Coaching Corner
Life Coach Tal Fagin Provides Guidance to Your Quandaries
Tal Fagin
LIFE COACH TAL FAGIN

Life Transitions

Life Coach Tal Fagin reflects on her own struggle as she helps a reader who is having difficulty navigating a perfect storm of family issues, career developments, and an injury.

Dear Readers,
Around this time last year, I got my first puppy. I was immediately smitten with my furry, little 10-pound bundle of cuteness, but I was also a bit thrown. And by “a bit thrown,” I mean completely rattled. Let’s just say, those early weeks were not exactly what I had expected.

At around the same time, I received a note from a reader seeking advice on how to navigate difficult life transitions. Lost in Transition found herself “struggling” and “jolted” by a series of recent changes. She described a “perfect storm” of family issues, career developments, and an injury, all of which had left her “frustrated and flailing,” unable to “regain her footing.”

She felt troubled that, despite her usual resilience and resourcefulness, she just couldn’t find her rhythm. Instead, she was feeling “short-tempered and irritable, snapping at everyone…and unfairly annoyed at the world.”

As was I!

As is so often the case in coaching, specific struggles lend themselves to universal lessons. The query helped me crystalize my own sense of frustration in those early, sleepless days of puppy-love, and to admit that I had been pretty testy myself. It helped me to see that I was a little lost in transition, as well, and it motivated me to devise a plan.

I am thrilled to report that one year later, I dutifully took all of my own advice, and my family and I are all much better off for it. More importantly, there has been a lot of growth around here. My pup has grown to an impressive 70 lbs, as I have grown more and more deeply attached to him. River has helped us grow even closer as a family, and has helped me grow as a person in ways I could not have imagined.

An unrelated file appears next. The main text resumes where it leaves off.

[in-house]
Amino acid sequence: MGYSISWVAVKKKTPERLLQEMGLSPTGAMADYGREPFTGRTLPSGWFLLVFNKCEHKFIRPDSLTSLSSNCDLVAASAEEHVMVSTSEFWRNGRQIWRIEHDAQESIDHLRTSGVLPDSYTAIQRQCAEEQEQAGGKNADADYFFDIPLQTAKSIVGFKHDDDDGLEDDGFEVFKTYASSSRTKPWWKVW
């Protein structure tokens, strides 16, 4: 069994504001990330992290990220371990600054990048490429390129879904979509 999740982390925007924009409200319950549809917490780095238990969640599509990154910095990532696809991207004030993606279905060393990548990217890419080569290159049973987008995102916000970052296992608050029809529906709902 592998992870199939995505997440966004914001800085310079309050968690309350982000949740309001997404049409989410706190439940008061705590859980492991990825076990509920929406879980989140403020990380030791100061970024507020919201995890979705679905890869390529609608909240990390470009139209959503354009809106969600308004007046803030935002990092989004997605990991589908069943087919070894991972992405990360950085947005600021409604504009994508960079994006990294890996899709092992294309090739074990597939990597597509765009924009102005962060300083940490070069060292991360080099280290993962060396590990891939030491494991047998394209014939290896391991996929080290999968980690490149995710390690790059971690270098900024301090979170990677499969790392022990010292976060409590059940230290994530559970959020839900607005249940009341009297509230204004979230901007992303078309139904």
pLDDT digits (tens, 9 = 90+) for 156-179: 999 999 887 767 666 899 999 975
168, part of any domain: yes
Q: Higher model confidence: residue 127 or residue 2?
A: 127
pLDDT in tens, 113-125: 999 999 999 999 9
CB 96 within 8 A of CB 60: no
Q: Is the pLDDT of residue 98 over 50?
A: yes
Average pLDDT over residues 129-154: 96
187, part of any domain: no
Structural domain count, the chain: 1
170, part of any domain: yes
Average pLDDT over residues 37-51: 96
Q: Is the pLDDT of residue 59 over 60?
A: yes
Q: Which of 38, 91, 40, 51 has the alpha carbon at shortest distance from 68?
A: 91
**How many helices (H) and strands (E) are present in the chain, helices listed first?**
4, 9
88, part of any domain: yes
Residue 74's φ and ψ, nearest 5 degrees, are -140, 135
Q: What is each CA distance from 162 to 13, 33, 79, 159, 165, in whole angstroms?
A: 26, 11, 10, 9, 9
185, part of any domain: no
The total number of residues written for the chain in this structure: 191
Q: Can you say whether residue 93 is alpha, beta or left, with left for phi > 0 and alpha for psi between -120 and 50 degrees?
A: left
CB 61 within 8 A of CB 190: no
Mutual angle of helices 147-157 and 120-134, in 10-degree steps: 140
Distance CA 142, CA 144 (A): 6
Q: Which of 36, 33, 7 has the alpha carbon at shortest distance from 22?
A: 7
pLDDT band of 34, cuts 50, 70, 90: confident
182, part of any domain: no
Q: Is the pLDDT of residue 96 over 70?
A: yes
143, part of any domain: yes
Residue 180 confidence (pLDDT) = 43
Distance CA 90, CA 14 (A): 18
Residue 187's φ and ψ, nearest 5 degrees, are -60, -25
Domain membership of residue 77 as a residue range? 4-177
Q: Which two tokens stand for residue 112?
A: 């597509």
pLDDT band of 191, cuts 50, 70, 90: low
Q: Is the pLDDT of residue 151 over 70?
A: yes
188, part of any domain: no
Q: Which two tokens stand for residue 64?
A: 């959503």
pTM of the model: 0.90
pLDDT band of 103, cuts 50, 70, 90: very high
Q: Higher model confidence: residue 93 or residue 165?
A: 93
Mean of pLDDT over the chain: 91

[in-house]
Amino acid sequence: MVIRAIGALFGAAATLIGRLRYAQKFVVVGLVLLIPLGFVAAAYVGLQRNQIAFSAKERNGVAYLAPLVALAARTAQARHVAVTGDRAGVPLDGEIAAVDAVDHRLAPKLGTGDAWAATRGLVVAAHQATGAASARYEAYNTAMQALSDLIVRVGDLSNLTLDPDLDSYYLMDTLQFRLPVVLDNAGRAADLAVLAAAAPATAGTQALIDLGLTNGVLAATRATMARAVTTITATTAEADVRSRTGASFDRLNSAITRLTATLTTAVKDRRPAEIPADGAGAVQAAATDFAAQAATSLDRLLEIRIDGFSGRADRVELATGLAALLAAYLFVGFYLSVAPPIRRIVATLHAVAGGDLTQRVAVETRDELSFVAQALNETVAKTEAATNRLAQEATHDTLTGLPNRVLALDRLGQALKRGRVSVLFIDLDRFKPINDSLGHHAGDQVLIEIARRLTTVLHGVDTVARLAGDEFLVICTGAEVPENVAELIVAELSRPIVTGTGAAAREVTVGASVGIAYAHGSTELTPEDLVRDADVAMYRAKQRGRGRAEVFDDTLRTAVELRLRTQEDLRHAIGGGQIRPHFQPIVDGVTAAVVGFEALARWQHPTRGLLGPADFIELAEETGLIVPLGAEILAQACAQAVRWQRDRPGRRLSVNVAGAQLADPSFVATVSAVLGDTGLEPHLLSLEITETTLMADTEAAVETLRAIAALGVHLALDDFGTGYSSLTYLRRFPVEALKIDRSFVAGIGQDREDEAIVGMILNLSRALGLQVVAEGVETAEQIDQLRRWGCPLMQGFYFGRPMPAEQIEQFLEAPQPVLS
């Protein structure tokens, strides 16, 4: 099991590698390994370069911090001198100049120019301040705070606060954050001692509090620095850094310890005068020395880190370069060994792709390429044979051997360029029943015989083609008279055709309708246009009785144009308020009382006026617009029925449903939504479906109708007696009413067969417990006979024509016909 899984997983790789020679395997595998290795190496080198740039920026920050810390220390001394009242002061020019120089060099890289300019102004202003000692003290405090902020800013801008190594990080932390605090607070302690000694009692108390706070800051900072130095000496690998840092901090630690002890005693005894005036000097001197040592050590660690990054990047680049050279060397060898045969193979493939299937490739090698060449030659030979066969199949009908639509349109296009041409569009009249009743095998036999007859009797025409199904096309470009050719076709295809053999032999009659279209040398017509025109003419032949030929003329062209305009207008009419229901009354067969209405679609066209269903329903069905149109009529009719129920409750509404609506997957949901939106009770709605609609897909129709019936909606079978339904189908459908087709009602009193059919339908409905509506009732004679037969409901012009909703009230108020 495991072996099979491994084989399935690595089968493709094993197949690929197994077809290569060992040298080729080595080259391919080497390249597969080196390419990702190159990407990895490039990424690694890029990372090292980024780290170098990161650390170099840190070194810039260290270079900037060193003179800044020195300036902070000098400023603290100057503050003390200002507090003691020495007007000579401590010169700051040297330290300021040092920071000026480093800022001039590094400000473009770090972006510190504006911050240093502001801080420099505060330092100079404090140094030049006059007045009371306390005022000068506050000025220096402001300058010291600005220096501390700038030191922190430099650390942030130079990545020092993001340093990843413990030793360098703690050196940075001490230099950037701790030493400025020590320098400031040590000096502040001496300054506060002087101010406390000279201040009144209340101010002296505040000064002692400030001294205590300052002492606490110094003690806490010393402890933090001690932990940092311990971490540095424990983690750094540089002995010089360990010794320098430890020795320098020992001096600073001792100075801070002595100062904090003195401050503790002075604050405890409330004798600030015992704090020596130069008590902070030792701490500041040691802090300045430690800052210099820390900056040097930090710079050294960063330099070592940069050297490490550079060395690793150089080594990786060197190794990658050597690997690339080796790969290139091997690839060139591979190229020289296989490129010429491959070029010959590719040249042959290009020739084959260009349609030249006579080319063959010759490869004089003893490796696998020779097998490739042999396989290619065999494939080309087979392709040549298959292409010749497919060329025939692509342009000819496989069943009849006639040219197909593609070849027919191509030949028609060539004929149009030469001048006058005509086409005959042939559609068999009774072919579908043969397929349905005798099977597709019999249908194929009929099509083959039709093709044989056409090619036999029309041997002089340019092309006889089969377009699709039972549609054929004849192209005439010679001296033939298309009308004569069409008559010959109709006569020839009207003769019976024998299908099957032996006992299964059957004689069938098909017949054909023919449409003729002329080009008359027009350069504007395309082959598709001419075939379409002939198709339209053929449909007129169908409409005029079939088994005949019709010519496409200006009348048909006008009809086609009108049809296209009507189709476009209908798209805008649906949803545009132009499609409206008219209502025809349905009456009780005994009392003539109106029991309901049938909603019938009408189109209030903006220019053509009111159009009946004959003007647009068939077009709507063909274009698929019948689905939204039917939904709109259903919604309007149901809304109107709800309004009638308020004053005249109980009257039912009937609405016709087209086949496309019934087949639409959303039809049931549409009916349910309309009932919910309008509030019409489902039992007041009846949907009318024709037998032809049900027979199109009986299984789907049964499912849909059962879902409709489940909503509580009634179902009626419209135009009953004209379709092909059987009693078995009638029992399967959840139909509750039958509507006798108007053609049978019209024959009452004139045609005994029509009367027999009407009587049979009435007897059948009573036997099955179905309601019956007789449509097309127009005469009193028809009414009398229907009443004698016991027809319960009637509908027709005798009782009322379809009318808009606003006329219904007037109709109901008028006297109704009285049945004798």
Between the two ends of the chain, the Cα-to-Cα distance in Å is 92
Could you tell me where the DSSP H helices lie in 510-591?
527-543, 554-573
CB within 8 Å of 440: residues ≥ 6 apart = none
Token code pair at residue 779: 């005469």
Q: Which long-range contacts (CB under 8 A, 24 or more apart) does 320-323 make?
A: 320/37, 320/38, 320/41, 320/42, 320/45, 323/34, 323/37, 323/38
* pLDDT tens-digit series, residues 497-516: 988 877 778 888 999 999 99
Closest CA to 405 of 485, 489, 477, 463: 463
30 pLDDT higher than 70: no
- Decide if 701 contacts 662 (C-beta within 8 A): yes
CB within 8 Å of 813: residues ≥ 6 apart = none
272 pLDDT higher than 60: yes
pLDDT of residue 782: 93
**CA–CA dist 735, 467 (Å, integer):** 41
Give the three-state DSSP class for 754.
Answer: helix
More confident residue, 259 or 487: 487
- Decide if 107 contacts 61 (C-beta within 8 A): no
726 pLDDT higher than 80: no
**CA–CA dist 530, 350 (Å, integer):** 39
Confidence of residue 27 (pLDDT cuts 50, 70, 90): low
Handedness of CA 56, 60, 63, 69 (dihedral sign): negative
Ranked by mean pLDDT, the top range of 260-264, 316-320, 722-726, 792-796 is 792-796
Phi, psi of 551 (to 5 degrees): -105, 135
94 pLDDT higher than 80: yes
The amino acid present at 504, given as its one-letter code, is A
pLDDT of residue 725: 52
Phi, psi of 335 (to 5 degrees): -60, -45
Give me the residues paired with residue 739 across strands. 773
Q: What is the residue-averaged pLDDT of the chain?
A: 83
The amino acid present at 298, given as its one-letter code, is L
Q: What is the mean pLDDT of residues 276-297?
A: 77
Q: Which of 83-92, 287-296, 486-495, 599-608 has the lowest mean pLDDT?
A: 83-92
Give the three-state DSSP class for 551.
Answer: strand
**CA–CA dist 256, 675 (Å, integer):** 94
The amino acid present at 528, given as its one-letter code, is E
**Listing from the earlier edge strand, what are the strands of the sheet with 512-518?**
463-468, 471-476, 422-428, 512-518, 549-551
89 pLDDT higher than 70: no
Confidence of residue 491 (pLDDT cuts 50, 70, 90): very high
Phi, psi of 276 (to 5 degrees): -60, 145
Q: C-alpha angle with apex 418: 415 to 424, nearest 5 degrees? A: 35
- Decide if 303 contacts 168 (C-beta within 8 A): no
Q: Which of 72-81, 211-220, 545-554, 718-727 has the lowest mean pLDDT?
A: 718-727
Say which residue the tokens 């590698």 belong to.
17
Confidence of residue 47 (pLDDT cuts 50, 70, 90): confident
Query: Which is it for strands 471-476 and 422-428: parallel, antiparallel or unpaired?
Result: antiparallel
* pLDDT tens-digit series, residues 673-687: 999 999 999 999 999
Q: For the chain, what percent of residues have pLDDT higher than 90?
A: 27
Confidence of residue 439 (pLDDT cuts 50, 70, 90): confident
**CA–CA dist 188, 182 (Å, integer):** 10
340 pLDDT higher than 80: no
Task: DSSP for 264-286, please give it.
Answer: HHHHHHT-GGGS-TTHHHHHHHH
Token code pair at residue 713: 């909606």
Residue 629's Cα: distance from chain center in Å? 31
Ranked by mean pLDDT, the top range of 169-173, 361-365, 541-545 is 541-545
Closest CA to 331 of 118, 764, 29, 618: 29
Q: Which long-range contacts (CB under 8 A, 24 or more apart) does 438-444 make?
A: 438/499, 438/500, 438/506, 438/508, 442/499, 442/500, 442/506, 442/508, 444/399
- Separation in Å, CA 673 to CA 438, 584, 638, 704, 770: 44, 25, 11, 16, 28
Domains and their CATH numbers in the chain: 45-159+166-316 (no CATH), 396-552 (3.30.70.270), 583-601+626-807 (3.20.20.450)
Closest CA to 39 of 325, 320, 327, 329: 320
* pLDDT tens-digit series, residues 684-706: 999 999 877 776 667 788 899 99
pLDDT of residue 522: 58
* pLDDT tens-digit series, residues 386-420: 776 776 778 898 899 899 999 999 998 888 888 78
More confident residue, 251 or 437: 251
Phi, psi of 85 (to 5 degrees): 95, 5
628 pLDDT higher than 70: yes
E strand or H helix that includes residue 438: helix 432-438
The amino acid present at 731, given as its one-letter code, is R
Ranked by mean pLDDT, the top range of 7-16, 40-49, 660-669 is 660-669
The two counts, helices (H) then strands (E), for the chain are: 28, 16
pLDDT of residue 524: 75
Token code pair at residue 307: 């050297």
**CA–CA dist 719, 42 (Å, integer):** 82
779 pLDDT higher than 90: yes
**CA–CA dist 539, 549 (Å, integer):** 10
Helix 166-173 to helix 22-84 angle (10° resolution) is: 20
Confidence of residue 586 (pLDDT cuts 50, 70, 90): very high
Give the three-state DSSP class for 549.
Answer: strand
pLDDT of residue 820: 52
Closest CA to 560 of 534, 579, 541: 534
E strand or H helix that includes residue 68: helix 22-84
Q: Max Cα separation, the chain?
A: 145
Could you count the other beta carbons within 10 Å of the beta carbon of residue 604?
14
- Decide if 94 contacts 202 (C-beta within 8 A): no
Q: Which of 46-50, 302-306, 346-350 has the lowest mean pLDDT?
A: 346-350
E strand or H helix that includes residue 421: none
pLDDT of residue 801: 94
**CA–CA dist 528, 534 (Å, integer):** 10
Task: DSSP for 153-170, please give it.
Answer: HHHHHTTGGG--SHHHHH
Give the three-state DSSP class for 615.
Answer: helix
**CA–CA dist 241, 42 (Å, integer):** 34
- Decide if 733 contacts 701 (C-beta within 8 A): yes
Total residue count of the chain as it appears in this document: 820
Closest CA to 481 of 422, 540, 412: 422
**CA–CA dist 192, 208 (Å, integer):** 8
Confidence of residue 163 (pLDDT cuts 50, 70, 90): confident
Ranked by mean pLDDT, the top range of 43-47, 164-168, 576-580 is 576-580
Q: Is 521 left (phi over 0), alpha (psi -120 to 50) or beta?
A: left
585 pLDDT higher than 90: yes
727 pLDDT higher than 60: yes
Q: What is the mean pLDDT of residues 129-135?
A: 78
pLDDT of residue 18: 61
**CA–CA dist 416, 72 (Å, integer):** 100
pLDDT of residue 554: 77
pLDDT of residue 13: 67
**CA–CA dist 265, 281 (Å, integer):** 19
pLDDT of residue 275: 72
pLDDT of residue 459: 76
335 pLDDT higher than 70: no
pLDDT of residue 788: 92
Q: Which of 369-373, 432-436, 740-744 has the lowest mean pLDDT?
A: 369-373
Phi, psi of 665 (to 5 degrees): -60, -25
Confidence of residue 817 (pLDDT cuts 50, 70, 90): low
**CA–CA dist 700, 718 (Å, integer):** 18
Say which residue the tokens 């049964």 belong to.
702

Now, on the dawn of a new, equally difficult transition, I felt the need to revisit last year’s column. It has proven reassuring and helpful once again, at least to me, and I thought I’d repost parts of it here, in the hopes that you agree.

Whether it’s a new puppy or a new baby, whether it’s a graduation, retirement, promotion, break up, illness, marriage or big move, every life is peppered with transitions. They can be terrifying or thrilling, draining or invigorating. They also tend to be trying and stressful and damn uncomfortable.

We humans love predictability and routine, which add to our sense of control. We might know we don’t really have any—that anything can happen at any time—but we structure our lives to feed the illusion, allowing ourselves to get comfortable in our seemingly safe, organized existences.

Transitions remind us of life’s uncertain, precarious nature. They thrust us into the grey, despite our preference for black or white, and they tend to bring up a whole host of mixed feelings.

When it comes to navigating life’s inevitable in-between periods, I would invite you to try the following:

Practice Patience. Change is always uncomfortable, adjustments take time and everything does eventually pass. At the heart of most suffering is a belief that things should be different—right now. Impatience and irritability come from a stubborn refusal to accept reality as it is, coupled with a subconscious but powerful sense that there is something to do about it. Intellectually we know we are in the midst of a journey, that there is a process at play and we just have to be patient. Emotionally, however, we crave immediate results, a final destination.

When you catch yourself feeling frustrated and flailing, try taking a deep breath, followed by another. Notice any signs of tension in your body, focusing one at a time on your shoulders, your neck, your head, your fists, etc. Try relaxing whatever is tight, releasing whatever is gripping. Start with the body, then do the same with your thoughts. Let go of anything that is causing you pain, and whisper soothing sweet nothings to yourself instead.